How we change what others think, feel, believe and do
Value of values
Values are one of the human ideas that has evolved alongside such skills as hunting in groups and living in tribes. It has proved useful and so has survived along with us.
It may even be that we have the need for values programmed into us, just like the ability and urge to speak. Certainly, all people and groups have values, even though they may be different. The rules of street gangs may be harmful to others, but within the gang, heaven help anyone who transgresses their values.
In social environments from families to companies, values, or norms, provide the unwritten rules which allow us to trust one another and work together. If we share values then we can predict one another's behaviors and thus feel safe and know what to do.
Members of a group will thus share an often-unwritten set of values to which adherence is a condition for belonging to the group. A common shared lock-in value is that everyone is responsible for policing values, including pointing out and punishing offenders, and that anyone who does not fully comply with this duty is themselves an offender.
Sometimes our basic needs drive us to act in ways that help us, but may be unhelpful or even harmful to others. Social values are hence created as a control mechanism to counteract any tendency to put ourselves before other people. A typical example is in the tension between status and equality.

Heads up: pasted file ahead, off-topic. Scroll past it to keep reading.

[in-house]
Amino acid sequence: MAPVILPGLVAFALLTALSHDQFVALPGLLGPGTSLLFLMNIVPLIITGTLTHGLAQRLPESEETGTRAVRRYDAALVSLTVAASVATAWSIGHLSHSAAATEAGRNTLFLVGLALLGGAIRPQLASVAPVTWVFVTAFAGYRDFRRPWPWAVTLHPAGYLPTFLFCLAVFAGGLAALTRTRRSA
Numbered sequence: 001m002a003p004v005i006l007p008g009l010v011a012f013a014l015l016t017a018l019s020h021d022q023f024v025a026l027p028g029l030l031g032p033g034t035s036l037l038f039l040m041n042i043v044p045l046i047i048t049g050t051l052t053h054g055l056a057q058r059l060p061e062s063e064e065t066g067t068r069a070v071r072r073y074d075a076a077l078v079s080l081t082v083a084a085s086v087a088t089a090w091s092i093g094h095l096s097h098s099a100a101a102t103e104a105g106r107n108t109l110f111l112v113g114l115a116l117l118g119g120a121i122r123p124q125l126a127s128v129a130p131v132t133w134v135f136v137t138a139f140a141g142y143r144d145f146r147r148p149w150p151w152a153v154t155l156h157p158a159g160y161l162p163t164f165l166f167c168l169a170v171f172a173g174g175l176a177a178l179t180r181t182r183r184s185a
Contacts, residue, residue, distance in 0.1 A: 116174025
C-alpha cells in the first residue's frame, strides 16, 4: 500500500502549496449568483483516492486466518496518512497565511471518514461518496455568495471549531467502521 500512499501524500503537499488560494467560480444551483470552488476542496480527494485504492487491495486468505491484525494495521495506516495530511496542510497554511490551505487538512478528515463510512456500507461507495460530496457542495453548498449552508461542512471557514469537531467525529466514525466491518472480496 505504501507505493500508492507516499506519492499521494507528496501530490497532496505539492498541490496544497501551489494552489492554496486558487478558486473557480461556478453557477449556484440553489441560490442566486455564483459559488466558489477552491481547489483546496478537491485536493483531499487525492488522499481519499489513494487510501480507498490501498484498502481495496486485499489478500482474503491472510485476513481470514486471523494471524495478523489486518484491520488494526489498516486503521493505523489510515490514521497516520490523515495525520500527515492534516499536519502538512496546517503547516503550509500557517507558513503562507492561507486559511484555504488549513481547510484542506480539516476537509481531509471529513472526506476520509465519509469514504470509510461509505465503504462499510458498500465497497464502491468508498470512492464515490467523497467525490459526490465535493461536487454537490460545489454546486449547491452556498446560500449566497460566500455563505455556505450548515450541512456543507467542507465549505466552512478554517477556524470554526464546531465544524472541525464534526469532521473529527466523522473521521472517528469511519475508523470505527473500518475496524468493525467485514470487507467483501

Values is a confusing word that often gets confused with 'value' as in the value you get from buying a cheap, but well-built house (see Values types). Values are, in fact powerful drivers of how we think and behave. They tell us what is good and bad, right and wrong. They tell us the shoulds and shouldn'ts, musts and can'ts of life. They also help us decide which is more and less important.
Values thus help us make decisions. When we are formulating intent and choosing from alternatives, our values say 'that would help us reach our goals, but it would be socially unacceptable' and so we do not choose it. They also help us decide what is more or less important (which is necessary, as values often conflict with one another).
When we evaluate, we are using our values to judge a person or situation against our values, thus deeming it good or bad, right or wrong. Judging other people is a favorite pastime for many people, although the basis for this can be complex and based in our own damaged self-esteem.
We also evaluate our own potential decisions as we weigh up what to do in various circumstances.
When I work late, help a stranger or otherwise give more than I need, the values that I have enable me to feel good about what otherwise might be seen as wasteful or pointless activity.
Values create heroes, enabling the heroes to feel good about themselves. They also give reason for others to admire the person who stuck to their values even though it was clearly against their personal interests.
When you are talking about 'right and wrong' be sure that these are in the other person's values. Generally work from their values, not yours.
Also understand your and their decisions, and how you are filtering in and filtering out choices based on values. Spot these values by analyzing their decisions and evaluations.
If you act in a way which supports their values they will increase their trust in you.